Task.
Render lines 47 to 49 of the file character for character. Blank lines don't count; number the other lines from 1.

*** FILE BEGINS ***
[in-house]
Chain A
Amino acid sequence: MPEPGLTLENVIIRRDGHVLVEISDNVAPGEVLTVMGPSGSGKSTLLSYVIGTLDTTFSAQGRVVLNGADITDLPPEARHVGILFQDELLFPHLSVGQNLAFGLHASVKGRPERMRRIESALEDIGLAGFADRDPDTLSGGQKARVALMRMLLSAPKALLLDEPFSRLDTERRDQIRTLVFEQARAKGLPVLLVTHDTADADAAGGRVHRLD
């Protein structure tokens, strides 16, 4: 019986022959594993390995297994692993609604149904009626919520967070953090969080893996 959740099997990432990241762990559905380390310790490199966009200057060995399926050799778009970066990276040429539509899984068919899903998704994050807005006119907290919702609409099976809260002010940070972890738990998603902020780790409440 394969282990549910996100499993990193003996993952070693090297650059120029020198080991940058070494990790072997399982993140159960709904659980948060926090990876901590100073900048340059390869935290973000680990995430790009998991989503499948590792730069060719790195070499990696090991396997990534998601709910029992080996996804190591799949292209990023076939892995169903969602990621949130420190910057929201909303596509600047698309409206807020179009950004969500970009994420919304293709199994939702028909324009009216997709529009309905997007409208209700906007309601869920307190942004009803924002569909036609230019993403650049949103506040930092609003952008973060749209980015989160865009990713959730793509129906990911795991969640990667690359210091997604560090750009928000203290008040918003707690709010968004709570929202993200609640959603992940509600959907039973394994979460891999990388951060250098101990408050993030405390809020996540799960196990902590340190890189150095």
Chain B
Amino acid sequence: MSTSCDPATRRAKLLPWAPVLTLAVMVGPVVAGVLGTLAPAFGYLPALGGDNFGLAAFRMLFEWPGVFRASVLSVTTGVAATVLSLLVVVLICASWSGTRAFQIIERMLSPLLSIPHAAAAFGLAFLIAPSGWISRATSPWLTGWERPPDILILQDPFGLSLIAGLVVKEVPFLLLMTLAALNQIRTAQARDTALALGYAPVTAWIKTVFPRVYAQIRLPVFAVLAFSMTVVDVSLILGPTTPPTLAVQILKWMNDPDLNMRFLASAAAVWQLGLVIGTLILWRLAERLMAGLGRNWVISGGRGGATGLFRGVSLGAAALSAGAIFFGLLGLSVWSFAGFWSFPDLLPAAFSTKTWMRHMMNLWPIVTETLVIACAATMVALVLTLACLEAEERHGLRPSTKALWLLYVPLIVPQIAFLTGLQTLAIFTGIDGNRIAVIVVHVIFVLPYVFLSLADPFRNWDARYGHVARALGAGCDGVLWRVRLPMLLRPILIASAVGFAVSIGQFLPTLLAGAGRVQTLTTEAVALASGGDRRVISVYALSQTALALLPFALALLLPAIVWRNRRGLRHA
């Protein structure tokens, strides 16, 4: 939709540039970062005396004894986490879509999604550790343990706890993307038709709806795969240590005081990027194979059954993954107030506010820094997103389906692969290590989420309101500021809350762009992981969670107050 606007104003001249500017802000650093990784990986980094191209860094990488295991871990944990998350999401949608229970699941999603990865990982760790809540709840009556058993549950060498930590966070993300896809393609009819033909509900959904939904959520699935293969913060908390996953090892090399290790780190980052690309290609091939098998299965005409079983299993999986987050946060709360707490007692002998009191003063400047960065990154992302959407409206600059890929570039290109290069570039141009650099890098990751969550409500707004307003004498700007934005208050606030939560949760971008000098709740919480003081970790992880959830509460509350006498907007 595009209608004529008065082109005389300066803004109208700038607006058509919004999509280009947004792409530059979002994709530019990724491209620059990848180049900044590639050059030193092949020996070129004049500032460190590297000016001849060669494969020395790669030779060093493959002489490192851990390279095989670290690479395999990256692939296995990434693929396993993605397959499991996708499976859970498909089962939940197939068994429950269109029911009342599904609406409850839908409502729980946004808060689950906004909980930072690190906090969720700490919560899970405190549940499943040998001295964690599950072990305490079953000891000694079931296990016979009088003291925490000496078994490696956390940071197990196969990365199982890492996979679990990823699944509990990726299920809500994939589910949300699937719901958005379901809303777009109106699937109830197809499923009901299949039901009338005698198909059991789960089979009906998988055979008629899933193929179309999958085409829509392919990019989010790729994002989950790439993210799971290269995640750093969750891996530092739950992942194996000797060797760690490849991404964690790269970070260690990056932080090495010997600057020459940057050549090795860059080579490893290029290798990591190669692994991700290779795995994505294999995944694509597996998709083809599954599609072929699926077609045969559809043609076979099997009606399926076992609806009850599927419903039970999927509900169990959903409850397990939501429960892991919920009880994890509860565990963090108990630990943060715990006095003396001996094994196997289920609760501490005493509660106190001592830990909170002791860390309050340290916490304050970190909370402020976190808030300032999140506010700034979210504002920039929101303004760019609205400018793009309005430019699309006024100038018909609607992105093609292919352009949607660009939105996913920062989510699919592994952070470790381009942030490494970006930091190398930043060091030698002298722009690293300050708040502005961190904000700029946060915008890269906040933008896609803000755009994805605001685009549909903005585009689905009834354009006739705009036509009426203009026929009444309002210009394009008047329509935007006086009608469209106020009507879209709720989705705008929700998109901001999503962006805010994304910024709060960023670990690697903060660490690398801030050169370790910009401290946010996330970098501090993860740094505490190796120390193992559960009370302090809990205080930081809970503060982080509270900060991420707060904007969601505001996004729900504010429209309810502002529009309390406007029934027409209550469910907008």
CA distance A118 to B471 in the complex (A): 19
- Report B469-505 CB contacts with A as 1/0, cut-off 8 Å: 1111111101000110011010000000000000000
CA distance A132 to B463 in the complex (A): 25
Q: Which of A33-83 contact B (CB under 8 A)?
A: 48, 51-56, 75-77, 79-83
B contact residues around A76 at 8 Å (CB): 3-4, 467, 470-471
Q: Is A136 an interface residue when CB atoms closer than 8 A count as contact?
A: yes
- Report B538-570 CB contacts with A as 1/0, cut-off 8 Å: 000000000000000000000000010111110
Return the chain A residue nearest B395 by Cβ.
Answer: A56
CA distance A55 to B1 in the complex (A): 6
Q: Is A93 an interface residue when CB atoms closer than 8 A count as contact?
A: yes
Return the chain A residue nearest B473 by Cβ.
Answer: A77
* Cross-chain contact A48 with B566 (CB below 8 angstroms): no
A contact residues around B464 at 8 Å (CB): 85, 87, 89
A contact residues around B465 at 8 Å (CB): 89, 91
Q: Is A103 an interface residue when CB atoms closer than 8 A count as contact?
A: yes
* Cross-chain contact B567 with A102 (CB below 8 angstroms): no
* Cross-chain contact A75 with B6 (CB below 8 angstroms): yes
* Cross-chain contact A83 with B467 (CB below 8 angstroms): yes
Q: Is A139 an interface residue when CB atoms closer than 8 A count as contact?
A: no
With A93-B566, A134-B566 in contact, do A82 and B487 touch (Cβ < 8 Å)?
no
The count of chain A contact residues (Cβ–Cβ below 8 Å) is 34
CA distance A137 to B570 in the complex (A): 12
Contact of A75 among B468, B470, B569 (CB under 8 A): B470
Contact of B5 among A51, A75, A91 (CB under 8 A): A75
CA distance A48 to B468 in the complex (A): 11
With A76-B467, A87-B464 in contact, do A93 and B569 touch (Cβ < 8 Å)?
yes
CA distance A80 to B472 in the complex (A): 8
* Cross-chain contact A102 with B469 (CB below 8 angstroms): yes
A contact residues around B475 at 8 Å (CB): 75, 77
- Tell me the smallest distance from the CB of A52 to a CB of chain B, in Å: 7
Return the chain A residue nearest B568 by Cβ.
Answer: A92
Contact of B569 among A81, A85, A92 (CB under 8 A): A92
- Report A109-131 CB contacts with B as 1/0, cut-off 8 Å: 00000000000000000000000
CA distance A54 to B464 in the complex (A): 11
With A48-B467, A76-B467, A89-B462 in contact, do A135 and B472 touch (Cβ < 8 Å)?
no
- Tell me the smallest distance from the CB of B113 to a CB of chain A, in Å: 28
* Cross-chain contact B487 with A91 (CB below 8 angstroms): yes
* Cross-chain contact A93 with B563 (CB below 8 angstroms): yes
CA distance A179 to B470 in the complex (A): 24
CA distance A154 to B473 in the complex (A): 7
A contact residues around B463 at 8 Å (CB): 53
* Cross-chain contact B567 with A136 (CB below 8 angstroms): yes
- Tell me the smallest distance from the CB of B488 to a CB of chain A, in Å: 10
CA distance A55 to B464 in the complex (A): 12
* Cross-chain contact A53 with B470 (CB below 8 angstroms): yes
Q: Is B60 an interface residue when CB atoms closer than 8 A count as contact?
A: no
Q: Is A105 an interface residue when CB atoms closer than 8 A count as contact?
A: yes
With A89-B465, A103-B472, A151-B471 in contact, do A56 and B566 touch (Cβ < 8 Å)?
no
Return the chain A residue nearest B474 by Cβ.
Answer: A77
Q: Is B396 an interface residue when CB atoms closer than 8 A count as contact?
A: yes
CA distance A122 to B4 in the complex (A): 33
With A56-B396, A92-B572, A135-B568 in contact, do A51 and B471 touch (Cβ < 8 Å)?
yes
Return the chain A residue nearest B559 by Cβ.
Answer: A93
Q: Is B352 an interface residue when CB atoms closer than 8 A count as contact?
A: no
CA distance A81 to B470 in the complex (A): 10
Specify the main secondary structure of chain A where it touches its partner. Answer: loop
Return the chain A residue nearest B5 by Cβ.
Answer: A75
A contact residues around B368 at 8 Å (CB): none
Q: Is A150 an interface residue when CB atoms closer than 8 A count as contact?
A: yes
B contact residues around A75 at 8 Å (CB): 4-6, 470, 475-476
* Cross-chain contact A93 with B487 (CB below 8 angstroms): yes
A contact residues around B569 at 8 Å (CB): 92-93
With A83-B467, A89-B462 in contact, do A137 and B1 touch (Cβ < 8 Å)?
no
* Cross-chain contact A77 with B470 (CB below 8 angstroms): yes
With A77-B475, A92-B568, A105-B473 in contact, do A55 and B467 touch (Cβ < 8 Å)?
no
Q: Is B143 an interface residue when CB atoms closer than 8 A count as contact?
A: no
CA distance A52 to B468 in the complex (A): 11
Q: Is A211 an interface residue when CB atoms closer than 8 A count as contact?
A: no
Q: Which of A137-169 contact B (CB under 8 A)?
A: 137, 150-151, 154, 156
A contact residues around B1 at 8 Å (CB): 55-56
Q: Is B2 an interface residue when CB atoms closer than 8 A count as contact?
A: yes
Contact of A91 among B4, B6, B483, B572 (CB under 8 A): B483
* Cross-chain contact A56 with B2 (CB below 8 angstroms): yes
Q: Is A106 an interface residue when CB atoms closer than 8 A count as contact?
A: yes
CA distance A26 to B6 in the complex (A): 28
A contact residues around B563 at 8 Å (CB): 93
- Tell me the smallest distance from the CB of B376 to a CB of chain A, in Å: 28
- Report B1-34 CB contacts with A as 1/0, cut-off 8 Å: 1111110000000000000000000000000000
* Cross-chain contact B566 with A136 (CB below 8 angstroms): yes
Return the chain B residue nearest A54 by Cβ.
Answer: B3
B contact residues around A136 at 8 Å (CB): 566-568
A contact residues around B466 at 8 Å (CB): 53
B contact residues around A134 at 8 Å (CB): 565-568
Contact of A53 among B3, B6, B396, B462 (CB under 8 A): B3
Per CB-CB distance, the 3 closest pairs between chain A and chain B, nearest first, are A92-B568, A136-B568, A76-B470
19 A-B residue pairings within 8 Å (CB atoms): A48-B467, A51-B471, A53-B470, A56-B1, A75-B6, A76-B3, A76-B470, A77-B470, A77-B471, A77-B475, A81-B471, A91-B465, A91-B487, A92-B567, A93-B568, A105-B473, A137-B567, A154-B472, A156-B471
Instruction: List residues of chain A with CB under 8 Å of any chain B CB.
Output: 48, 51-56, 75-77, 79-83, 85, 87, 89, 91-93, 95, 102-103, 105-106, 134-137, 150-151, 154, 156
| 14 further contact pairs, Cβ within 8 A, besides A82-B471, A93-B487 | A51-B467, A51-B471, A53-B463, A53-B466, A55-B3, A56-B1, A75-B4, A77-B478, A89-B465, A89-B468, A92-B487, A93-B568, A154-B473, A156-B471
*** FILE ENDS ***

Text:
Return the chain A residue nearest B568 by Cβ.
Answer: A92
Contact of B569 among A81, A85, A92 (CB under 8 A): A92